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4

The conjunctive form (aka pre-ます form) sounds more dry/learned/erudite/scholarly/formal. I hate all of those adjectives to describe it, but I think you know what I mean. It's of a higher register than the て form.


4

「し」 is the [連体形]{れんたいけい} (attributive form) of the retrospective auxiliary verb 「き」. 連体形 modifies nouns (頃 in this case). Even though 「き」 is a Classical auxiliary verb, it is listed in any medium-sized dictionary of Modern Japanese because it is still used today in creative writing where the author's aesthetic preference calls for the old-fashioned and/or ...


3

It is headline grammar, not "regular" grammar. Words are often omitted intentionally in article headlines in Japanese just as in English. In English, you would see "[Name] Shot Dead" instead of "[Name] Has Been Shot Dead" as a headline, would you not? 1.Were the title: "キタシロサイ、地球にたった1匹のオス、24時間体制で守られ ている ", how would the meaning change? The meaning ...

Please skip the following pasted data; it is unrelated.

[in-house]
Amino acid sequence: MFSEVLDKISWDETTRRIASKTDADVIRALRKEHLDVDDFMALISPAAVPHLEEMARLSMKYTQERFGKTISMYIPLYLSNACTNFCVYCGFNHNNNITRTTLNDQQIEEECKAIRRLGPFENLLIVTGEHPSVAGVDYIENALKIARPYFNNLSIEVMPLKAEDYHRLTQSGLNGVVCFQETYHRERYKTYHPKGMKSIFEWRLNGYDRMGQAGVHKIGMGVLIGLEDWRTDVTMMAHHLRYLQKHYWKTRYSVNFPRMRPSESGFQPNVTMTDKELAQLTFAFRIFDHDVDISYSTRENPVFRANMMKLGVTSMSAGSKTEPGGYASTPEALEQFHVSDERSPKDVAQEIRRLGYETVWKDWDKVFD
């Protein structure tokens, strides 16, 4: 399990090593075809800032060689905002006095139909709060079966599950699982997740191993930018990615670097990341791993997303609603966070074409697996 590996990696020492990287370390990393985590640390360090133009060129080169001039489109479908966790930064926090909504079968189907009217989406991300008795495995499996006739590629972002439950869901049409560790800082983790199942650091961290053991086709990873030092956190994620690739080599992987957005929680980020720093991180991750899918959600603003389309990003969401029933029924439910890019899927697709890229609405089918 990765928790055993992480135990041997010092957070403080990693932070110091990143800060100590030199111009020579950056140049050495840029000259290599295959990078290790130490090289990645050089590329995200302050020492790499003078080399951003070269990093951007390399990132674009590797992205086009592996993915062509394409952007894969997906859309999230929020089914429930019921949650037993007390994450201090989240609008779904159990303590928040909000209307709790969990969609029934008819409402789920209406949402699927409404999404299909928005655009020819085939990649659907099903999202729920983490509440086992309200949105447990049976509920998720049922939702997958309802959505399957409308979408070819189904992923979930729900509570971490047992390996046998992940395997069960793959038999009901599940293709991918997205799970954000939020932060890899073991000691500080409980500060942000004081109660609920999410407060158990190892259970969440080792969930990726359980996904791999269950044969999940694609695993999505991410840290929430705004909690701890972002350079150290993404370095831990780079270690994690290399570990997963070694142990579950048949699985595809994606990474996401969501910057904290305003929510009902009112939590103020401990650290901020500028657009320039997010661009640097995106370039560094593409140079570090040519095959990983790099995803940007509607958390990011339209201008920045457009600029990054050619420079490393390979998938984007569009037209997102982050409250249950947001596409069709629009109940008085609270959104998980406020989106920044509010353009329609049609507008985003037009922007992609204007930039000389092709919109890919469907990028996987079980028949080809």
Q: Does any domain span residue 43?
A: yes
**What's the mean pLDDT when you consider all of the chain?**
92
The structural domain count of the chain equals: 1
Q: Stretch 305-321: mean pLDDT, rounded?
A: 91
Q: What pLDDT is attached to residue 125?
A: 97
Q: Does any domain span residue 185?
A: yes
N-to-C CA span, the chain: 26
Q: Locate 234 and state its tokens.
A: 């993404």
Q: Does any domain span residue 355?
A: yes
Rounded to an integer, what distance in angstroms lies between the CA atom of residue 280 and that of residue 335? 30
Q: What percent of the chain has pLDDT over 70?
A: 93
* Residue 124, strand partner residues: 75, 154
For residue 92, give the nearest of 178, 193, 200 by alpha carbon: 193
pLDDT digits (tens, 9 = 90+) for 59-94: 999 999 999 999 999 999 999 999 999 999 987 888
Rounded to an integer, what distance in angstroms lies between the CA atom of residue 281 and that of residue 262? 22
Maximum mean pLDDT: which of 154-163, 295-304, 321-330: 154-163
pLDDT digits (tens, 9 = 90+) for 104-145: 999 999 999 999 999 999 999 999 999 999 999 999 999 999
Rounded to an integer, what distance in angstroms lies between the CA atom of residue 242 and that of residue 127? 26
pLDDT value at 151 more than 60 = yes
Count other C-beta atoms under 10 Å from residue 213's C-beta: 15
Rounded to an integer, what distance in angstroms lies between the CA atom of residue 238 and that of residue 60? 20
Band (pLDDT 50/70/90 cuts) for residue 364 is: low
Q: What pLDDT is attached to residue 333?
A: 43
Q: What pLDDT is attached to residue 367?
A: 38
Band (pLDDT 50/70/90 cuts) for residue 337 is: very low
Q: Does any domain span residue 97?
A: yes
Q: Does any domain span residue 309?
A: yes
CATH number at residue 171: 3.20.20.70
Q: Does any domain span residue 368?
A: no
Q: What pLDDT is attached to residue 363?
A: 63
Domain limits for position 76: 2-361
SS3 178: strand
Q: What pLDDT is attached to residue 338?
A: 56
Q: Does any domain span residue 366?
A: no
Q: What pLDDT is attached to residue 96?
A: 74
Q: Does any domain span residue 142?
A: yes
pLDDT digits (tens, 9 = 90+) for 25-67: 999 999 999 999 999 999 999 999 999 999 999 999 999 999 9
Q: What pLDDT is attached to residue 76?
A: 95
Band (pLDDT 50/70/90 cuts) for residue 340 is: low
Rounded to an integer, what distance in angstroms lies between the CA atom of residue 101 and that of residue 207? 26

3

The し is the rentai-kei (attributive) form of the past auxiliary き in classical Japanese. http://www.hello-school.net/haroajapa009002.htm 生まれし頃(literary)→生まれた頃(modern)  


2

「カンニングをしているところを [見]{み}つかる。」= "I am found cheating (on the test)." This sentence is 100% grammatical. If you analyzed it using the grammar of another language, however, it might look as though it were ungrammatical. 「見つかる」 , as you stated, is an intransitive verb, but it happens to fall into a group of intransitive verbs that hold the ...


1

The first sentence: 昨日はビールを飲んでパイを食べました。 implies that you drank beer, and then ate pie. On the other hand, the second sentence: 昨日はビールを飲みパイを食べました。 does not imply any thing about the order in which you performed the two actions. It could be translated as "drank beer and ate pie", or "ate pie and drank beer". ...



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